“We Need to Stop Worrying about Who Is an Expert and [Try] Figuring Out What Makes Sense”

I recently posted a comment to the Get Rich Slowly blog that argues that our current understanding of how stock investing works is too primitive for anyone properly to be thought of as an “expert.” My post is  Comment #51.

Juicy Excerpt: We all need to get back to the basics if we want to figure out how stock investing really works. We need to stop worrying about who is an expert and who isn’t and direct more effort to figuring out what truly makes sense. Expertise that means something will follow.

Comments

  1. says

    It is hard to imagine that people will just accept the beating that they have taken with Passive Investing since the October 2008 meltdown.

    Yet, here we see people advocating MORE OF THE SAME.

    Weird.

    Have fun.

    John Walter Russell

  2. says

    Regarding Today’s Passion:

    P/E10 was 37 in January 2001. I put this value into the Stock Return Predictor. The most likely Year 20 result was 1.48% (real, annualized, total return) for the S&P500 index.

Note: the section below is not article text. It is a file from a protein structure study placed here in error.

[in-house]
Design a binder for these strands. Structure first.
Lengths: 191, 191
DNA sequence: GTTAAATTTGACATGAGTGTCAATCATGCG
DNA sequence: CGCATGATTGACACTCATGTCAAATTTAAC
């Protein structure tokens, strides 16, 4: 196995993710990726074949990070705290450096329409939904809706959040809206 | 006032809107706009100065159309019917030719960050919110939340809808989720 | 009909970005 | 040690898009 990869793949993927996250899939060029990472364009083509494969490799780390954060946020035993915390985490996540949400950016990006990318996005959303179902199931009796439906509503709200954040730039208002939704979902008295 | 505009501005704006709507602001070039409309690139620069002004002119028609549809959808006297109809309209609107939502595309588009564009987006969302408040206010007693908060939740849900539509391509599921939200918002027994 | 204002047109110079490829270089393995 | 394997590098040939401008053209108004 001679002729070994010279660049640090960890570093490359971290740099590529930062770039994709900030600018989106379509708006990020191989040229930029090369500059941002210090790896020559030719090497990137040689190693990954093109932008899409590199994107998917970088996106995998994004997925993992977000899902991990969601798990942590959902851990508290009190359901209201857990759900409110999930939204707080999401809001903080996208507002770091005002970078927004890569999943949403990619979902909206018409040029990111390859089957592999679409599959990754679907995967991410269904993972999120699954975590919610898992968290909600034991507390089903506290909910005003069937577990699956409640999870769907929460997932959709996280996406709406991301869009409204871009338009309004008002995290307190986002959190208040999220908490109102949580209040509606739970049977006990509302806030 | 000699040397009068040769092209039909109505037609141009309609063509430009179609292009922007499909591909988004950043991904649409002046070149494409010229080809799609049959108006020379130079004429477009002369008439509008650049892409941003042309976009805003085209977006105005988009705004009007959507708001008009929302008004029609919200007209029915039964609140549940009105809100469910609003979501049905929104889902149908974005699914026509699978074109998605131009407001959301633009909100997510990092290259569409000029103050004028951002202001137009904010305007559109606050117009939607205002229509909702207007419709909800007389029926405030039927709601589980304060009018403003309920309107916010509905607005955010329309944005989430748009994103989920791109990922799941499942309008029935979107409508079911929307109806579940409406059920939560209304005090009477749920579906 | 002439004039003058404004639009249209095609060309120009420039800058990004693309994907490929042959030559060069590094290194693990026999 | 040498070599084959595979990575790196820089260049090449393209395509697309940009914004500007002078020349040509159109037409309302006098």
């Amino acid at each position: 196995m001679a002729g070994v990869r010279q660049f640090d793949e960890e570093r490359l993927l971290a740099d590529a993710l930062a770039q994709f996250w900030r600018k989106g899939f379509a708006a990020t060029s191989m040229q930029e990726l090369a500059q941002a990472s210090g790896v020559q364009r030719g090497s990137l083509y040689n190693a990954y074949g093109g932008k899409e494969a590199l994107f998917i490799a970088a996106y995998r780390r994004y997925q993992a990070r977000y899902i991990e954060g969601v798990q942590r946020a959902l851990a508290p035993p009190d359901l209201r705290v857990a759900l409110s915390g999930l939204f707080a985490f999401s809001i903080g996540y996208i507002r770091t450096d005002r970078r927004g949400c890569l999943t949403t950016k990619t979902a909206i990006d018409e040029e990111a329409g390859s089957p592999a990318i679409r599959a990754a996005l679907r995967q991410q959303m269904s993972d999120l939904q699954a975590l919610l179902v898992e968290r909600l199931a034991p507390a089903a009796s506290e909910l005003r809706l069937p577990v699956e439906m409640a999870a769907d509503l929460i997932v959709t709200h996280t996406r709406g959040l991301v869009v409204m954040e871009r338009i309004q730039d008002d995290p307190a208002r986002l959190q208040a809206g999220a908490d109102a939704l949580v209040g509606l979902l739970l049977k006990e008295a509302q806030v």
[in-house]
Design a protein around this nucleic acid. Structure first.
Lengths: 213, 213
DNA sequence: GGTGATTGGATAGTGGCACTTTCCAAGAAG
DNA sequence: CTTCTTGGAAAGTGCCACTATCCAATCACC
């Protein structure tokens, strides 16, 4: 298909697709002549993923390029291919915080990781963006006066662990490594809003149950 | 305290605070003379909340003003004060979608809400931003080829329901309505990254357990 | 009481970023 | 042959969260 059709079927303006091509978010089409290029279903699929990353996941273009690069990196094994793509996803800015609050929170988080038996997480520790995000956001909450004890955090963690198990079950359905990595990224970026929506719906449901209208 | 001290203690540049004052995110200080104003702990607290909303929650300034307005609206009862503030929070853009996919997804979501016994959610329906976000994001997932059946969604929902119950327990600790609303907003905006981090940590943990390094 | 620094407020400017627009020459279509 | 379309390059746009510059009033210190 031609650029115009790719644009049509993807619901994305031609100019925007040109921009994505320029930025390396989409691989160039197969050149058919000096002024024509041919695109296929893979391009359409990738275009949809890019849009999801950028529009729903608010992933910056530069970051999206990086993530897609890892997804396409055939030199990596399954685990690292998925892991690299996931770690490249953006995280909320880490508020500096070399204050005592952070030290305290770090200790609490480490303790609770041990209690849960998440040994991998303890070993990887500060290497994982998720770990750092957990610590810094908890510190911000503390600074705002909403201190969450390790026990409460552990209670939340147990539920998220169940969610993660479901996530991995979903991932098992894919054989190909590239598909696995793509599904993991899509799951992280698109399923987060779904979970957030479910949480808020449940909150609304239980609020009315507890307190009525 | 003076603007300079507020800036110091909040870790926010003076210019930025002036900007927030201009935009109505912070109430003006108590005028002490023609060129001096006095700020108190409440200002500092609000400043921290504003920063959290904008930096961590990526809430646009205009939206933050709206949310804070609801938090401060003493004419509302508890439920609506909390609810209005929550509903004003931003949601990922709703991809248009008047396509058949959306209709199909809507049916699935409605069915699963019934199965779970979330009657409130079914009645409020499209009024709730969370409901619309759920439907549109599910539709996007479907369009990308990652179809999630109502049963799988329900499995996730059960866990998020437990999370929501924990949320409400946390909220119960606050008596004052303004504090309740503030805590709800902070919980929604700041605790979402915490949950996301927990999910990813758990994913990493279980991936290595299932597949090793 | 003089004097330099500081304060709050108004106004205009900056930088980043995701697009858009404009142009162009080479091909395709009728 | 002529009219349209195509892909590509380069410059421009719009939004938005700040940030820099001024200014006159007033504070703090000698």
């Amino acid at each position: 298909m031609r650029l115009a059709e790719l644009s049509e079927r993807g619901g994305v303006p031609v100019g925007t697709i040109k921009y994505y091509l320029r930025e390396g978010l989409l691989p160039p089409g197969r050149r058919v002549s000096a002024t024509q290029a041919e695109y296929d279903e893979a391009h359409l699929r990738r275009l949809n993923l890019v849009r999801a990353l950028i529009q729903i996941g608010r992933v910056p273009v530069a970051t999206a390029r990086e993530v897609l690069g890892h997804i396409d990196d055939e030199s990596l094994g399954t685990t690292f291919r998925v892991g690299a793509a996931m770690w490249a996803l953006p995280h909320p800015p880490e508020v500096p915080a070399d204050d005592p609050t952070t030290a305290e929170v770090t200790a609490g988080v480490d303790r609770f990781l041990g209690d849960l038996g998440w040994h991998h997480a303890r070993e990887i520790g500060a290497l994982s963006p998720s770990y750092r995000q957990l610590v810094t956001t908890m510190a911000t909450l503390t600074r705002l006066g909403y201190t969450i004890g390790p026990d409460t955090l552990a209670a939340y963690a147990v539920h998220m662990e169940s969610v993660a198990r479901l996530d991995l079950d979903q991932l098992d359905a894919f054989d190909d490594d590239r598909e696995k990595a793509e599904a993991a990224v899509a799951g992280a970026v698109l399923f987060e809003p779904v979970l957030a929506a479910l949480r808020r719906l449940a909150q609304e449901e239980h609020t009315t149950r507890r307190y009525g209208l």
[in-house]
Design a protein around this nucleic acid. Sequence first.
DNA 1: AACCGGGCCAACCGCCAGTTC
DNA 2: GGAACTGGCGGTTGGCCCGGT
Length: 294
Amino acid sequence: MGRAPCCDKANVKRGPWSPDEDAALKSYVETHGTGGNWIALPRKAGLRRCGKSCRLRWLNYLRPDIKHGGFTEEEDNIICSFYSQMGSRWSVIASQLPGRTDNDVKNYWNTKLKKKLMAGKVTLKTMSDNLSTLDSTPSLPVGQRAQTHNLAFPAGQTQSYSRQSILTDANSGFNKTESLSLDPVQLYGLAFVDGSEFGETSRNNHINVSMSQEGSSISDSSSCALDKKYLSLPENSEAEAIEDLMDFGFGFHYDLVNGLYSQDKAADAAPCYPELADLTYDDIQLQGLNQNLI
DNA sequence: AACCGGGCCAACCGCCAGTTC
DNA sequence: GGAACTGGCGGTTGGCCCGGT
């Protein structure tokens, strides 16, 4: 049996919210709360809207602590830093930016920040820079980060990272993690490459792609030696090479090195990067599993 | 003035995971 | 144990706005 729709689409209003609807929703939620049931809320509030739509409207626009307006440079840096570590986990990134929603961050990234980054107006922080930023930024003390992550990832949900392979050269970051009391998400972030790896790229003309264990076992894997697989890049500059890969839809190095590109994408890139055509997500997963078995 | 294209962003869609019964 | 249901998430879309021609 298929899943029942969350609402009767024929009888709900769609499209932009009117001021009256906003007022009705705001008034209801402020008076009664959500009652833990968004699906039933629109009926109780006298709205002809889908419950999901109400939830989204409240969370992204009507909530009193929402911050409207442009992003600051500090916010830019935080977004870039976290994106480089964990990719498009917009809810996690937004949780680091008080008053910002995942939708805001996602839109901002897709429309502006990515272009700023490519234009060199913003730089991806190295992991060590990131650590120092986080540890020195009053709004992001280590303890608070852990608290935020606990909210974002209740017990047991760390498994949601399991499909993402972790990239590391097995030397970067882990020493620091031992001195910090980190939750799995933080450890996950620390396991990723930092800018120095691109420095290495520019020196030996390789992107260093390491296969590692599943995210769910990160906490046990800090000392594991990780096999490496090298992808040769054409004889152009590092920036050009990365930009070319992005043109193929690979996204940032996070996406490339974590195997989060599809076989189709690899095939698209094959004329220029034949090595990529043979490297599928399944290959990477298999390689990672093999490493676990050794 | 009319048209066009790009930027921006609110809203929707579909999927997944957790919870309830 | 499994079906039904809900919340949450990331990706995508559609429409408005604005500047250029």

It looks like a close call between cash and the S&P500 index from 2001.

    Looking at today’s market, a Year 10 most likely return is 8%. This is the poster’s magic number.

    The story sounds consistent whether we follow the poster or use the Return Predictor.

    Have fun.

    John Walter Russell

  3. Rob says

    Thanks very much, John.

    Here is an important lesson that I believe we have learned — it does not work to wait until prices are out of control to warn people that prices are out of control.

    It takes years for humans to learn how stock investing works. We absorb insights only over long periods of time. To invest effectively five years from today, you need to begin learning how stock investing works today.

    There are going to be some who are going to say that there is no need to learn about the effect of valuations because today valuations are fine. I don’t buy it. If you fool yourself about the effect of valuations when valuations are fine, you will continue to fool yourself about the effect of valuations when valuations are not fine.

    We don’t learn facts. We learn attitudes. The Passive Investing attitude is investor suicide.

    Rob

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